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Is there an easy way to check for the "popularity" (or more particularly, "appealing to experts") or citations of some reference?

That is, when I find some reference and want to check how "good" it is w/o having to read the thing.

Some confusions:

  • There can be quality papers with low citation counts. E.g. if the paper considers an unpopular subfield/subtopic. Or if the topic is not an active research topic at the moment.

  • A highly citated paper can be false if it's popular due to biases, rather than accurate paper. E.g. some psychological paper that studies something which feeds people's "subjective validation". That is, people believe a paper is good, because if fits their intentions.

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    Professional tools, such as Web of Science, include citation counts. – Jon Custer Jun 17 at 15:08
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    Popular need not be the same as good. A highly cited paper may be cited so much because newer papers use it as an example of something bad, for instance. – GoodDeeds Jun 17 at 16:13
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    Citations should be a good approximation in many cases. The previous comment was a caveat: no all "good" papers are highly cited, and vice versa. – GoodDeeds Jun 17 at 18:29
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    Even if popularity was a measure of general paper quality (which it is not), it is irrelevant to the quality of the one particular argument or data that you want to reuse, which may not have been considered closely by previous citing papers. – UJM Jul 20 at 6:48
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The easiest way is to type the title of the reference into Google Scholar and to look at its citation counts.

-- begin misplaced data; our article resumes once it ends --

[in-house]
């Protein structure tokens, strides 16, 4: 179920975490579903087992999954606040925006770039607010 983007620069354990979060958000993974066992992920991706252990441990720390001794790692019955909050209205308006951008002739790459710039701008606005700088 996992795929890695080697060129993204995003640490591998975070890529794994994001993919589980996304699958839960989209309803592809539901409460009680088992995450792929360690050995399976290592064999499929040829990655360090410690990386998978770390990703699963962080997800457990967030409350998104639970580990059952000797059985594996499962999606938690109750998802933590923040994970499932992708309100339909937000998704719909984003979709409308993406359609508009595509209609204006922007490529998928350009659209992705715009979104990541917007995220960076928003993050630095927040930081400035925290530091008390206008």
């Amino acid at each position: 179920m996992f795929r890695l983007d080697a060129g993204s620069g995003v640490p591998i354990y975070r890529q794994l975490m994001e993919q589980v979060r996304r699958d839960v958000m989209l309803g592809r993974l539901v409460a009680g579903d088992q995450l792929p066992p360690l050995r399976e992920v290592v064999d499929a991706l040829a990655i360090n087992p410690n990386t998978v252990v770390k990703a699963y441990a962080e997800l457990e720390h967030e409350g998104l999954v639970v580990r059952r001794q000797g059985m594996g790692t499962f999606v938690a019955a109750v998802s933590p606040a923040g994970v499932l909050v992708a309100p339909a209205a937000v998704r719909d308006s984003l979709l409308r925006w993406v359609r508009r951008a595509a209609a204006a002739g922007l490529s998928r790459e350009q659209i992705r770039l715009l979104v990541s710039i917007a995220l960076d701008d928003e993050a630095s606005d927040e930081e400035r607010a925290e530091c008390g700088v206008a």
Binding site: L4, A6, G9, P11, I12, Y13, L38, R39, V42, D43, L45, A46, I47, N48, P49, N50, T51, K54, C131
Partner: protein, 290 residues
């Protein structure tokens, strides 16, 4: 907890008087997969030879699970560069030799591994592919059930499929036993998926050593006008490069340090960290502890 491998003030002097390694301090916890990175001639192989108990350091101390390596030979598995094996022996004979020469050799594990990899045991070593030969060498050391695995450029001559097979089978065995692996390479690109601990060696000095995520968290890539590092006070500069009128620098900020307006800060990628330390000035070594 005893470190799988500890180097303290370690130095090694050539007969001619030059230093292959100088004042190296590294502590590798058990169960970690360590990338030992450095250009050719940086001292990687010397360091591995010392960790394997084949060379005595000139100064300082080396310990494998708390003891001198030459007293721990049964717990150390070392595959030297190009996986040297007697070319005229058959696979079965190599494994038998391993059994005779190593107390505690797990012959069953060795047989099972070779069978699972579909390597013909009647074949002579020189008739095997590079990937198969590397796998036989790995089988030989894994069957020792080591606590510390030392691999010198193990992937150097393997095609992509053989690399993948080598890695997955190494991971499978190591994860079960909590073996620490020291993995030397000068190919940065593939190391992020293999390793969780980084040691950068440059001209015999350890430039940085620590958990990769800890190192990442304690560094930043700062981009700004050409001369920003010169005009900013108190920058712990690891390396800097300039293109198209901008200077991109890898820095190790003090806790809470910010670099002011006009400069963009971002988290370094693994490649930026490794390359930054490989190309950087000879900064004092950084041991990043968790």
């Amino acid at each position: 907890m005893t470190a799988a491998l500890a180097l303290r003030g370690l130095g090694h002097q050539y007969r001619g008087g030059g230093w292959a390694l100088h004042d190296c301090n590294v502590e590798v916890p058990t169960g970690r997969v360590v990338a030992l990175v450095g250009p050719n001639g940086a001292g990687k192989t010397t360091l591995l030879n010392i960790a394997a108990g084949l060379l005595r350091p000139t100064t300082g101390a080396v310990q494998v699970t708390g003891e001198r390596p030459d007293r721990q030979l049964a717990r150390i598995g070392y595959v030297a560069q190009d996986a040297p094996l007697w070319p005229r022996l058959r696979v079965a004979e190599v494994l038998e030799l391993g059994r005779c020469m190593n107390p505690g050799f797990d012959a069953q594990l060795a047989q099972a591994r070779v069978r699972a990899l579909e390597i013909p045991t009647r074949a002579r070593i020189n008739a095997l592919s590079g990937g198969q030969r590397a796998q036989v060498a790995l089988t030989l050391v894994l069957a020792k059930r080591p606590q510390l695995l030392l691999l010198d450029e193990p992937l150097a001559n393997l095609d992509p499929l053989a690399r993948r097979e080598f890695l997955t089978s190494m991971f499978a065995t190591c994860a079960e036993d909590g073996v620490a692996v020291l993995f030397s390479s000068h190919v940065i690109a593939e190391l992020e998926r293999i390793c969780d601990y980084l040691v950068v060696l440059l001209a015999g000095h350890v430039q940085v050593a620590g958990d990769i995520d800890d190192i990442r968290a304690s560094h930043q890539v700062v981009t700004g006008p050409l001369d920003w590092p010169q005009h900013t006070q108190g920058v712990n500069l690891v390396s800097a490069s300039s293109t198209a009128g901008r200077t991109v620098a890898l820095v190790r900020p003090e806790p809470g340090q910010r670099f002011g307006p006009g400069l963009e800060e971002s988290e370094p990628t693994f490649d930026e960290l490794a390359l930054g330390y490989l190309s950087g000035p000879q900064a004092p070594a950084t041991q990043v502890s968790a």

There are other databases which calculate the number of citations a document receives, such as Web of Science, Scopus, or Dimensions.

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    I would think including the link given in the comments on the original post to the question about why a high citation count may not be a reliable indicator of how good or bad a publication is in this answer would be sensible (academia.stackexchange.com/questions/37021/…) – jovisg Jun 18 at 15:29
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when I find some reference and want to check how "good" it is w/o having to read the thing.

No. There isn't. You can not check how good a reference is without reading it. Or at least, any method of doing so is some balance of effort vs accuracy, and any method that gave you a sufficiently reliable measure is as much, or more work than reading the thing.

e.g. you could read literature reviews in the field and see what they say about the paper. But you'd have to read several, and thats going to be more work than reading the original paper, and it would still not be as good as reading the paper (as long as you were qualified to judge the quality of the original paper).

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